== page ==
Jane: One of our aims is to persuade readers to take a risk on authors they may not have heard of before. I would also like to change readers’ perception of self-published fiction, particularly those who are clinging to the belief that it’s the preserve of amateurs. I too was sold that line - and yet when I explored the option for myself, I found a diverse group, including authors who had walked away from six-figure deals, established authors who’d been dropped by their publishers after their latest book didn’t sell quite so well, talented newcomers building a readership, innovative authors whose work doesn’t fit the market, cross-genre authors who sell themselves as a brand and best-selling authors who have never tried the traditional route, but were there at the start of a publishing revolution. There is also a new breed of hybrid authors who look at each writing project and decide to submit it to their publisher or to go it alone. With the Society of Authors advising their members that publishing contracts are no longer fair or sustainable, my belief is that the predicted growth in self-publishing will come from authors who are currently under contract.

What are the advantages of being part of a boxed set group?

Roz: Together we have far greater power. We’ve already been interviewed by The Guardian books pages, Books + Publishing (the Australian counterpart of Publisher’s Weekly) and have interest from the arts programmes of BBC Radio 4. If any of us had approached them on our own - impressive though our CVs might look - we probably wouldn’t have got even a reply.’

Can you give readers a taste of what is in the boxed set?
Blue Mercy by Orna Ross:
Will you side with mother or daughter?

When Mercy Mulcahy was 40 years old, she was accused of killing her elderly and tyrannical father. Now, at the end of her life, she has written a book about what really happened on that fateful night of Christmas Eve, 1989.


The tragic and beautiful Mercy has devoted her life to protecting Star, especially from the father whose behaviour so blighted her own life. Yet Star vehemently resists reading her manuscript.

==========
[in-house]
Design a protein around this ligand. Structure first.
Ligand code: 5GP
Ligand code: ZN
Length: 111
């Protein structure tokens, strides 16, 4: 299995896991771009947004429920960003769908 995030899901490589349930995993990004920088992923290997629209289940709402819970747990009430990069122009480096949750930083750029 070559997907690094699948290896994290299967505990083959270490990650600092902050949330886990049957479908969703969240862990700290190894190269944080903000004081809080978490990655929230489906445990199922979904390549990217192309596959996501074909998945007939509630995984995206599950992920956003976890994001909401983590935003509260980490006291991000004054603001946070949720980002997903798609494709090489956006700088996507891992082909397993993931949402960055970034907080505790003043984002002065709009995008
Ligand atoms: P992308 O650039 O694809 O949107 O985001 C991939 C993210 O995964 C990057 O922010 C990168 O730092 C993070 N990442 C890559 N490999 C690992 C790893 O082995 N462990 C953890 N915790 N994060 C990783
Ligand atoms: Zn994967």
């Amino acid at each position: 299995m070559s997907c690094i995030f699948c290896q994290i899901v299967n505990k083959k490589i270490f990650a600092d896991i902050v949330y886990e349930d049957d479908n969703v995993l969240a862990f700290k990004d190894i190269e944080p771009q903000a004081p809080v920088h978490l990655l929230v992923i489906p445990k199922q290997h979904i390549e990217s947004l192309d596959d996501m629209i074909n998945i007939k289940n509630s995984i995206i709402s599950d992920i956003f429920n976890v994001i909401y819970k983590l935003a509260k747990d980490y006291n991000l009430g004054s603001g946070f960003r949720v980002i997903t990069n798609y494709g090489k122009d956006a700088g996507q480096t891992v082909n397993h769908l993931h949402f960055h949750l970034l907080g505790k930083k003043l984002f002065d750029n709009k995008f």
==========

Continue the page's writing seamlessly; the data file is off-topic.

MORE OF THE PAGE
Why? What is Mercy hiding? Was her father's death, as many believe, an assisted suicide?


Or something even more sinister?


In this book, nothing is what it seems on the surface and everywhere there are emotional twists and surprises. ("Breathtaking, and I mean literally -- actual gasps will happen" said one reader review).


Set in Ireland and California, Blue Mercy is a compelling novel that combines lyrical description with a page-turning style to create an enthralling tale of love, loss and the ever-present possibility of redemption.


Crazy for Trying by Joni Rodgers:
This brave debut novel by bestselling author Joni Rodgers, was a Barnes & Noble Discover Great New Writers selection and a Discover Award finalist.

Seeking to escape the shadow of her infamous mother—a radical lesbian poet who is larger than life, even in death—Tulsa Bitters, zaftig, bookish and freshly orphaned, takes a westbound train, determined to reinvent herself. She gets a job as a late-night disc jockey at a radio station in Helena, Montana. It’s 1979, and people aren’t accustomed to hearing a woman’s voice on the radio, but for Tulsa, far away from all the people who loved and hurt her, midnight rock’n’roll feels like home. Painfully aware that she’ll never be beautiful, she discovers the benefits of being invisible.


Michael White Wolf MacPeters, half Blackfoot, half raging Irish, hears her voice on the radio and finds himself on the phone with her one night. The conversation evolves, smart, funny, and full of compassion, and Mac begins a careful courtship, her voice in his ear, his voice in hers. Despite the baggage of his damaged past—from the suicide of his half-breed mother to his own bloody passage in Vietnam—Mac allows himself to believe it could work, but the unlikely romance is cause for horror among Tulsa’s friends and Mac’s drinking buddies.